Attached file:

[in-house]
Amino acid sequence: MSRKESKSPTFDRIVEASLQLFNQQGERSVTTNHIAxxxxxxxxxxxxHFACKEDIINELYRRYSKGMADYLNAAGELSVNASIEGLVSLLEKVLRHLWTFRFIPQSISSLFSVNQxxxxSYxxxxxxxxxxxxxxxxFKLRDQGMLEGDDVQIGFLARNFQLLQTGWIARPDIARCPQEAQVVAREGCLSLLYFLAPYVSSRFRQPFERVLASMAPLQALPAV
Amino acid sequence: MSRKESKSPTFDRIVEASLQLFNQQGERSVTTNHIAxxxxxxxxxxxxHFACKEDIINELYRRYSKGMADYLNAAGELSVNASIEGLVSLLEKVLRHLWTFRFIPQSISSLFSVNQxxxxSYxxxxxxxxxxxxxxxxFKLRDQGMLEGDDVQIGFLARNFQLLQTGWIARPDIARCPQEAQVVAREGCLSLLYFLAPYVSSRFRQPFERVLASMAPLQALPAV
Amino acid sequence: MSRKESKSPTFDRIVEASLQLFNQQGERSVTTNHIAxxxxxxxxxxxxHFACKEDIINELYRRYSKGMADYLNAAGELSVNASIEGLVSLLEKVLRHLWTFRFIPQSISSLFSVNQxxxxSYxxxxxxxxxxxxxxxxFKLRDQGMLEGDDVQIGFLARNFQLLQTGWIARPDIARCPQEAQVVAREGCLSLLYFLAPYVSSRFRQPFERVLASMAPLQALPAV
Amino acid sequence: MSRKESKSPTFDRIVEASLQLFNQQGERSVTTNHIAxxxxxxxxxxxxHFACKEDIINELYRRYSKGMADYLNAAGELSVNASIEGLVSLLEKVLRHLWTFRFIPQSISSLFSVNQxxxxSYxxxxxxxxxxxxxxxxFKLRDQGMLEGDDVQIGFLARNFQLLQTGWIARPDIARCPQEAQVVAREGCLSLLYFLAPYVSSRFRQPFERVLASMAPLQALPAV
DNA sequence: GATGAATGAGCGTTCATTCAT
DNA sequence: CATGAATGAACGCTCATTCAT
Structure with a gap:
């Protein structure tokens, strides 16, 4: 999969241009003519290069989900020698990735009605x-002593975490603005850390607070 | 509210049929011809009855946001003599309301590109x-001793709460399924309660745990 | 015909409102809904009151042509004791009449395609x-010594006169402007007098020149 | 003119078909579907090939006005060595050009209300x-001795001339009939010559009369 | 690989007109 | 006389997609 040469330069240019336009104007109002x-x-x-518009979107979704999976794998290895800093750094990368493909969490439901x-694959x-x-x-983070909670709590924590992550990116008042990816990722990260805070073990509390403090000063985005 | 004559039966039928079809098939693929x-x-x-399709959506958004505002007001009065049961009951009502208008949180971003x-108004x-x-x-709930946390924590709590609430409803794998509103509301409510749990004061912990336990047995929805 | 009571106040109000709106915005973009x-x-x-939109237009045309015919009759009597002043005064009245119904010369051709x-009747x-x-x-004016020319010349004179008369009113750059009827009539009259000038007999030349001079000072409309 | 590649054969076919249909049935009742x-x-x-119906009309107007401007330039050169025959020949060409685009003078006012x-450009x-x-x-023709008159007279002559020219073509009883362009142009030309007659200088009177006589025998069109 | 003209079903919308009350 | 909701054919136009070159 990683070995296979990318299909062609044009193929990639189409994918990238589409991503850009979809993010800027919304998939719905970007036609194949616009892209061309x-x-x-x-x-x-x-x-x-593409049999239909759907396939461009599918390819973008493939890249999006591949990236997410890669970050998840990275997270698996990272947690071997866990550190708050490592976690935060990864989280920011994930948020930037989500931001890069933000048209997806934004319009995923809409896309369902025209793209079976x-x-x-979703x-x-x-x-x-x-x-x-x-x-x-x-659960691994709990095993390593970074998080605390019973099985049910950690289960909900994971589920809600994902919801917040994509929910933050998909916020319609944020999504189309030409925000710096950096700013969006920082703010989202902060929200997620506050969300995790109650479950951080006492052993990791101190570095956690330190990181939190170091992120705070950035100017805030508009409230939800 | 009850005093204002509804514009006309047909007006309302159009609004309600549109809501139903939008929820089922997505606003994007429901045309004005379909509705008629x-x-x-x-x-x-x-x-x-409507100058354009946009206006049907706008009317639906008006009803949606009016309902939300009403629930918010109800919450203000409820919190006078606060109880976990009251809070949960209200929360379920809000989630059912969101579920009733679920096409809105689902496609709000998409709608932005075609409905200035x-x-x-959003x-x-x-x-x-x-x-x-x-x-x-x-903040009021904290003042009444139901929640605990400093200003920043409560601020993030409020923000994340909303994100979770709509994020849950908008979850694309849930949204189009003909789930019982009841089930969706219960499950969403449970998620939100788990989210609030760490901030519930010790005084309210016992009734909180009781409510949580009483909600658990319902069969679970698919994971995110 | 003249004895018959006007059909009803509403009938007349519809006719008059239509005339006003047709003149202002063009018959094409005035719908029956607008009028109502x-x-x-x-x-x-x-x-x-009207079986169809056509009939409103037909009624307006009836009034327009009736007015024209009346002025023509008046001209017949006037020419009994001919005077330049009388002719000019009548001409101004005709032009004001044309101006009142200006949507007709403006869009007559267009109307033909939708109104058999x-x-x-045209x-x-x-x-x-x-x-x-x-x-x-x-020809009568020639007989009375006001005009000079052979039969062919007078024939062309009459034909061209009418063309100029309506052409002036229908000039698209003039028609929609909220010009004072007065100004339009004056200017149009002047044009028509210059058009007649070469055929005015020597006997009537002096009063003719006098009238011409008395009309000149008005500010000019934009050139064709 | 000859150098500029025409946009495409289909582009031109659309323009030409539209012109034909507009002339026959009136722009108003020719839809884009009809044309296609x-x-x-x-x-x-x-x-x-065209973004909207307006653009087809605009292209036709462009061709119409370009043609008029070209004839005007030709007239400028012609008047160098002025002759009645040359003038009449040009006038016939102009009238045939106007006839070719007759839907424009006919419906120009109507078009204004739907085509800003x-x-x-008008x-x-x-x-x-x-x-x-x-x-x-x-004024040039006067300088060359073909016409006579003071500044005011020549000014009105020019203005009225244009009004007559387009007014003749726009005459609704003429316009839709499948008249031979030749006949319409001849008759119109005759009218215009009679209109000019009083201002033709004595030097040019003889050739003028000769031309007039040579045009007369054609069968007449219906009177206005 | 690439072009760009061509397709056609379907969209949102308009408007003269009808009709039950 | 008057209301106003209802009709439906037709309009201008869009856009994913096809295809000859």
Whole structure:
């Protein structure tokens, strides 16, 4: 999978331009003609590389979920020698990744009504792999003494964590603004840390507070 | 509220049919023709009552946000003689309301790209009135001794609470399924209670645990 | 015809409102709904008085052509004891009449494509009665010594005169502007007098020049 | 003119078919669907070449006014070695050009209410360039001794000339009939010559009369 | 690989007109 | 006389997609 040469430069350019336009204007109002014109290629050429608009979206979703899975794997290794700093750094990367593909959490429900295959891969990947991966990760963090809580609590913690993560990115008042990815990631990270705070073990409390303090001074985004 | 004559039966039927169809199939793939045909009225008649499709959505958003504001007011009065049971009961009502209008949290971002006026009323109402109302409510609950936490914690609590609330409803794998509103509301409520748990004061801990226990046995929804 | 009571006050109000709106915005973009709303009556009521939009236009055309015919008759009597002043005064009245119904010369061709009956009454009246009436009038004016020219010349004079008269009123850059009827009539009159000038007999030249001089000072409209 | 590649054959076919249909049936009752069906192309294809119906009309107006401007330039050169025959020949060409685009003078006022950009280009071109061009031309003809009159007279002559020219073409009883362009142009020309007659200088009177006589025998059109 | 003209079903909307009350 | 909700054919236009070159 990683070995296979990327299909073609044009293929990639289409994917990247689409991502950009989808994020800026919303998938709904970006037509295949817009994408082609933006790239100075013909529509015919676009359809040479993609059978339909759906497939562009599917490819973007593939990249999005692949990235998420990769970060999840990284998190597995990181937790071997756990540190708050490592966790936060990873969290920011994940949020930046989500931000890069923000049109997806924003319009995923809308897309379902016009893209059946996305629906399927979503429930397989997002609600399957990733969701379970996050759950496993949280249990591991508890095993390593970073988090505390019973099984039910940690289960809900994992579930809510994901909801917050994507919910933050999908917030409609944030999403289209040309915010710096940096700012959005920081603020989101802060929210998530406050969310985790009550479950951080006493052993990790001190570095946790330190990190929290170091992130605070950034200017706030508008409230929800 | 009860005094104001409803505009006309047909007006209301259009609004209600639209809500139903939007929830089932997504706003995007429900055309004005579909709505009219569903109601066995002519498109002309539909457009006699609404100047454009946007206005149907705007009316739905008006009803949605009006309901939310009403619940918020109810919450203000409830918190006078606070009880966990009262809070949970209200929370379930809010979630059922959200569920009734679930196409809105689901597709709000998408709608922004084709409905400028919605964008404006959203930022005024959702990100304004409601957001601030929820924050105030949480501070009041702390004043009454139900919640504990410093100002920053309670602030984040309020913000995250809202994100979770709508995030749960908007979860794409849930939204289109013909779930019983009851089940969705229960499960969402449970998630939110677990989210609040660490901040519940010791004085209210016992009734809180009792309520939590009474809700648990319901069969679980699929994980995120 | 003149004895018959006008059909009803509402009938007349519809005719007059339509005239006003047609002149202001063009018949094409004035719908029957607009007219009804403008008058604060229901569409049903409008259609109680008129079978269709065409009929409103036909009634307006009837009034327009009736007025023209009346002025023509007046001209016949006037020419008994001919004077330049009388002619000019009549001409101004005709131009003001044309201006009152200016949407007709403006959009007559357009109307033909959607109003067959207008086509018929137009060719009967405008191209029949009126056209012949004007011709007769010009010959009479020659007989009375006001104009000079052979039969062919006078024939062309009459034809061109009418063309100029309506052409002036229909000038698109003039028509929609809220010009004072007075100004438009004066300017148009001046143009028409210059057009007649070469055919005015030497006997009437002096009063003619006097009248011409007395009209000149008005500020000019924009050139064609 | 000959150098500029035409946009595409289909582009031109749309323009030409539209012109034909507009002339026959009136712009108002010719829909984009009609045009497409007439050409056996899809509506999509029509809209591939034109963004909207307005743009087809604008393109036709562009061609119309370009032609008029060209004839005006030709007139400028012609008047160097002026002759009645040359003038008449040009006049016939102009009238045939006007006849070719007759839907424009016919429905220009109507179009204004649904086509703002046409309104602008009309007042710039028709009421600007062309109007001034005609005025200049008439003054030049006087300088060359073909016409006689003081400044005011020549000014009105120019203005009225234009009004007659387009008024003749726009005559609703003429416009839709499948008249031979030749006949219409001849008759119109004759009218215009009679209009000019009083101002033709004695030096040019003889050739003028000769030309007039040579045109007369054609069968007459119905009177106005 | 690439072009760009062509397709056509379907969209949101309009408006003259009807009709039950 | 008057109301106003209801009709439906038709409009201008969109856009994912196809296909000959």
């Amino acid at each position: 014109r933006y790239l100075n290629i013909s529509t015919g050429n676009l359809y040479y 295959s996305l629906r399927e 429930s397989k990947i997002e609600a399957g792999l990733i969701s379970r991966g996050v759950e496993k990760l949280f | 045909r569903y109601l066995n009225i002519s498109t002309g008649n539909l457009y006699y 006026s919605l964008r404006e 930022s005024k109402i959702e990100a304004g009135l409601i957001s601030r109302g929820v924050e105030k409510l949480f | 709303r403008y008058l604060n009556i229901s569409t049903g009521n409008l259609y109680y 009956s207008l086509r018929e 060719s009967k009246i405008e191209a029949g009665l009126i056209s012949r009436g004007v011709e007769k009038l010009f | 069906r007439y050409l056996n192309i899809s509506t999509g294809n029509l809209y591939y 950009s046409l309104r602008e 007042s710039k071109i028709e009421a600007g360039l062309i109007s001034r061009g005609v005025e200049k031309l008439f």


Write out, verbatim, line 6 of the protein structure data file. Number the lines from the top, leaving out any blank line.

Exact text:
DNA sequence: GATGAATGAGCGTTCATTCAT